By Lynne Altenroxel

SAPA 10 July 2000

The government's worst fears have been realised: no sooner had the 13th International AIDS Conference opened than it became an Mbeki-bashing event.

Among the voice of dissent has been that of Edwin Cameron, a Constitutional Court acting judge, who used one of the first sessions, in which he delivered a memorial lecture to a hall packed with more than a thousand delegates, to slam the government.

In a rousing speech that received a standing ovation, Judge Cameron accused the government of mismanaging the HIV epidemic "almost at every conceivable turn" and declared his disappointment at President Thabo Mbeki's opening night speech.

'Why should Mbeki deny something he has not said' The speech, in which Mbeki insisted that his government was committed to the fight against HIV, did not do enough to counter government blunders, Cameron said.

He said that, to his "grief and consternation", Mbeki had made no announcement about providing pregnant women with AZT.

Delegates expressed bitter disappointment with President Thabo's Mbeki's failure to come clean on his controversial HIV/AIDS position.

While the health minister, Manto Tshabalala-Msimang, defended Mbeki's interest in the revisionist theory that HIV does not cause AIDS, Mbeki was criticised by a number of eminent delegates.

Tshabalala-Msimang said South Africa would not be dictated to by the world on how it should formulate it's health policy. Mbeki, she said, was fully committed to fighting the HIV/AIDS scourge holistically.

"The president of this country has never denied either the existence of AIDS nor this casual connection between HIV and AIDS," Tshabalala-Msimang said. "Why should he deny something he has not said?"

Conference chairperson Jerry Coovadia said there was an air of disappointment among thousands of conference delegates from across the globe that Mbeki did not reverse perceptions that he supported the dissident view that HIV was not the cause of AIDS when he officially opened the conference on Sunday night.

Mbeki instead maintained his stance that poverty was the biggest "disease" causing death in Africa. Mbeki also questioned the effectiveness of the conference in dealing with the major issues surrounding AIDS in Africa.

Coovadia said while he understood that Mbeki, as a president, could not simply backtrack on his position, "delegates expected him to make a major policy announcement to shift away from controversial issues".

This did not happen and disappointment was most acute in the address of Cameron.

Cameron has publicly confessed to being gay and living with HIV for the past three years.

On Monday he said he was only still alive because he was able to "pay for life itself".

Cameron criticised Mbeki and his government for failing South Africans suffering from HIV/AIDS. He also criticised the government's decision not to give the anti-retroviral drug AZT to HIV positive pregnant women dependent on the public health care system. He said because of this, about 5 000 HIV-positive babies were born every month.

Cameron added that Mbeki's "intractably puzzling" statement and his flirtation with revisionists had shocked almost everyone involved in fighting the pandemic.

He said as a Constitutional Court judge, responsible for maintaining human rights in the country, he felt compelled to speak out about what was keeping him alive, while millions of South Africans were dying.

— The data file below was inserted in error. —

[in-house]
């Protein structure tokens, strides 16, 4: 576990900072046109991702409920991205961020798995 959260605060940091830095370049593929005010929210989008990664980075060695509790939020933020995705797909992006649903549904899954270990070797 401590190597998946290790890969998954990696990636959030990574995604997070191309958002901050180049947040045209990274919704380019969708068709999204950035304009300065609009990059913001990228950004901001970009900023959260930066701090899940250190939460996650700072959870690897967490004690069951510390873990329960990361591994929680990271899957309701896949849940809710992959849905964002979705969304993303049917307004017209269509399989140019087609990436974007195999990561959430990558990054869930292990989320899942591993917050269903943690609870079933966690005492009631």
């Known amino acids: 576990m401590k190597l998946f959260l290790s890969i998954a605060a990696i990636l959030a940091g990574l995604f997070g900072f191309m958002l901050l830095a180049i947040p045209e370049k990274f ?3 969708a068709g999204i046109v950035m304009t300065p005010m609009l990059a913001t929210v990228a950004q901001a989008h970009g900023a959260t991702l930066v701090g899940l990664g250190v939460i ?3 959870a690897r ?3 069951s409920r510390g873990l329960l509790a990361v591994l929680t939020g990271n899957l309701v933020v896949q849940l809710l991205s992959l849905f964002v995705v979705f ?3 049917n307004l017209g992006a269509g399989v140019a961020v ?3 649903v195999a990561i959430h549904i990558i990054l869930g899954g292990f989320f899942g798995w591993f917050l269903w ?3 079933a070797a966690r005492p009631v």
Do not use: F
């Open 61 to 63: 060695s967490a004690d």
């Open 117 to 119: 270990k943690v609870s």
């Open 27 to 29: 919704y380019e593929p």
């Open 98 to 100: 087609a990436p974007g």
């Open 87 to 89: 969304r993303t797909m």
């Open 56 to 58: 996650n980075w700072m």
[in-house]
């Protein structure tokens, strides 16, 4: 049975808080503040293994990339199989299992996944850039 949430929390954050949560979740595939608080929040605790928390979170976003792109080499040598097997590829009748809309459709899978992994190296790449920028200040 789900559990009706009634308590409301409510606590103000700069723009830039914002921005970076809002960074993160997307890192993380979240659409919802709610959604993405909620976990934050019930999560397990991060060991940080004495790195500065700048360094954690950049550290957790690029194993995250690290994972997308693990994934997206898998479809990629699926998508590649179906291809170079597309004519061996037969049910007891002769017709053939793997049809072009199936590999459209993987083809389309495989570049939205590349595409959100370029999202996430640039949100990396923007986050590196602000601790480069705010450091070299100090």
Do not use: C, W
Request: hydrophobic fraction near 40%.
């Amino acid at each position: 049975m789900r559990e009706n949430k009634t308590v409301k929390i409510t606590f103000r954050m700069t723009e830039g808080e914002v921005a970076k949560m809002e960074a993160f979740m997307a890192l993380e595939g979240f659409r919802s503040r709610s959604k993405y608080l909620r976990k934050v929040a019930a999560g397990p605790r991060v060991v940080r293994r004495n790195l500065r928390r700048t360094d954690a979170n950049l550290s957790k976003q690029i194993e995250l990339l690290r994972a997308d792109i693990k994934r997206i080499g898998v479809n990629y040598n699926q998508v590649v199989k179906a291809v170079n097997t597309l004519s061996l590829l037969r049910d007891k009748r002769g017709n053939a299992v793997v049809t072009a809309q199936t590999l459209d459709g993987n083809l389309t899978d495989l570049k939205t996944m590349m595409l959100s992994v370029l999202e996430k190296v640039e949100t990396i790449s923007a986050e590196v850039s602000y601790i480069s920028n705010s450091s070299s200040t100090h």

Oxford University's Professor Roy Anderson said the South African government had failed to intervene timeously to curb the spread of HIV/AIDS. Referring to a recent UNAIDS report which stated that South Africa had one of the highest HIV/AIDS incidences globally, he said political will and leadership could act as catalysts to slow down the spread of the scourge.

Anderson was also critical of the dissident theorists and said he was disappointed that Mbeki had failed to publicly reject their view.

He said the explosive spread of AIDS in Africa, of which South Africa had one of the highest rates, could have been curtailed over the past 13 years had it been nipped in the bud, since it was already known back in 1987 how to prevent the transmission of AIDS.

Anderson urged the industrialised world to assist developing nations with affordable anti-retroviral medicine so the "patchy" pattern in the global fight against AIDS could change. He said a cure for AIDS was still a long way off. "Vaccines are the only hope for the future... and that is not going to happen quickly."

Coovadia agreed that the South African government had started its AIDS awareness campaign far too late. The government had also made serious mistakes along the way, including the fiascos surrounding the AIDS play, Sarafina II, and the purported AIDS drug Virodene, followed by the revisionist statements.

He said Uganda, one of the only African countries where the HIV infection rate was dropping, started its campaign in 1990. South Africa's AIDS campaign only kicked off in 1994, when the African National Congress took over from the apartheid government, which had spectacularly failed to address the disease.

Tshabalala-Msimang said prior to the election of the ANC government, there had been hardly any AIDS fighting infrastructure in place. The ANC had set in place structures to start fighting the killer disease, she said.

The United States government on Monday applauded Mbeki's commitment to fighting AIDS in South Africa, but warned that the window of opportunity was closing fast to do something about it.

Director in the Office of National AIDS Policy in the White House, Sandra Thurman, agreed with Mbeki's stance that poverty was indeed a primary AIDS issue, but said that in the absence of poverty, HIV/AIDS still existed.

"It is true that we will never win the battle against HIV/AIDS unless we reduce poverty. But it is also true that even in the absence of poverty, we still have HIV/AIDS," Thurman said.